Michele added, “This is an unprecedented time for businesses in Malaysia. Whilst most of us may have been through earlier crises, the speed of infection and evolving nature of this pandemic is forcing organisations to relook and reconsider their business models, strategies as well as their product and service offerings. As stewards of their companies, boards in particular need to be leading this effort. As such, being well-equipped with the right tools and knowledge is critical to play the role in first, safeguarding the welfare of their people and then, the sustainability of their businesses. Now more than ever, boards and directors need to urgently act as any further inaction will only prolong the decline of the business – the key is clarity, speed and agility in moving forward. How we behave today will determine the trust our customers and stakeholders will have in us in the future. And this, is critical to the survival of any organisation.”


Boards must lead the way to replace fear with trust amid the COVID-19 uncertainty

Amongst the recommended next steps for organisations are: to review the human resource policies, revisit the crisis and continuity plans; evaluate the supply chain, identify potential points of failure, communicate effectively not just externally but internally as well; be agile in adapting to the changes and most importantly; not lose sight of other potential risks. Over the longer term, relooking board strategies and composition, ramping up the level of preparedness and adopting a long-term view of their business will be essential for the overall sustainability and success of the organisation.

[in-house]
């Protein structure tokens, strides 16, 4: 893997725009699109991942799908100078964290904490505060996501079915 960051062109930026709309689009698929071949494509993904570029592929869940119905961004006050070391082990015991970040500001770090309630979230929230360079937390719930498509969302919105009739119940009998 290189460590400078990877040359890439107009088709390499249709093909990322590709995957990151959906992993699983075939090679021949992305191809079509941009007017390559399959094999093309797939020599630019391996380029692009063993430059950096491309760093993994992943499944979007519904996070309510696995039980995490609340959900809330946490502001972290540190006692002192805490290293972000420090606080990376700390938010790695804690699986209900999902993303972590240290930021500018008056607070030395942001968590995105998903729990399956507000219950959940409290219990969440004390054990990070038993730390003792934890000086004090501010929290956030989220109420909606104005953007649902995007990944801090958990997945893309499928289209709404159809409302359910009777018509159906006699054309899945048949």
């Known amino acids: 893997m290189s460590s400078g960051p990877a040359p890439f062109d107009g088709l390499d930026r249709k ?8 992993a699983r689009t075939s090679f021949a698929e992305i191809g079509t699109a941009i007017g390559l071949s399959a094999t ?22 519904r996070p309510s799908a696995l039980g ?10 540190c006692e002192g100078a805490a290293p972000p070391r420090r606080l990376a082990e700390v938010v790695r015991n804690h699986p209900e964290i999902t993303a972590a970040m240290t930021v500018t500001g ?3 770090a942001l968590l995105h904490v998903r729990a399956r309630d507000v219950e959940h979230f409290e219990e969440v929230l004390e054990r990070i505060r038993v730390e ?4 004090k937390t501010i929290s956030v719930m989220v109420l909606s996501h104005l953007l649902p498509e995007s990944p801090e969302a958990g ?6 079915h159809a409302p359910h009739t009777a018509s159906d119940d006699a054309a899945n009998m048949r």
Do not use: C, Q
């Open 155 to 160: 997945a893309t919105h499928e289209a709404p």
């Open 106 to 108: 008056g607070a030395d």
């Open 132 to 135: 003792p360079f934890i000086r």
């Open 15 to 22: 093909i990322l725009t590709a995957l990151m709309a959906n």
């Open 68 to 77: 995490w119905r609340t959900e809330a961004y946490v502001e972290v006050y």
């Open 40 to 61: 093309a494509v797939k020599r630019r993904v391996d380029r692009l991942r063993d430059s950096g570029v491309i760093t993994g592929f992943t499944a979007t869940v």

Seven actionable steps for Malaysian Boards

  1. Communicate clearly, frankly and frequently – Ensure your organisation engage both internal and external stakeholders in conversations promptly, to assure them that you are on top of things.
  2. Do not be afraid to show compassion – Demonstrate vulnerability and show emotion. We are human after all. Inculcate empathy and humility through genuine actions of support.
  3. Act quickly and decisively – Reconfigure your team structure, business processes and supply chain to formulate the best response. Be agile to changes.
  4. Start paving the path to recovery – Think beyond the flattened curve. Be ready to pivot your business model and form a network of alliances to move in concert towards stability.
  5. Do not lose sight of other possible risks – Stay vigilant of unintended consequences and take a broader view of risk. Revisit your crisis and continuity plans regularly.
  6. Broaden your knowledge and skills – This unprecedented crisis calls for boards to expand their capability to guide management through this difficult time effectively. Relook at your board strategies and composition in the longer term.
  7. Take care of your well-being – Pay attention to your mental and physical health to maintain the ability to stay level-headed and exercise good judgment.

About the poll

The ICDM poll was conducted from 19 to 23 March 2020. It examined the views of top-level leadership comprising chairmen (8%), non-executive directors (22%), executive directors (26%), senior executive management (23%) and others (21%) from sectors such as consumer products and services, financial services, property and construction, industrial products and services, energy, healthcare, telecommunication and media, technology and transportation and logistics.

ICDM Webinar Series

In line with our poll findings, ICDM has curated a webinar series themed ‘Entrusted: Doing the Right Thing to Ensure Continuity, Safety and Security’. The webinar series is anchored on four (4) key priority areas, namely crisis management, authentic leadership, digitalisation and stakeholder engagement. We hope that this webinar series can help boards and directors strengthen their capacity to lead effectively in times of crisis like this.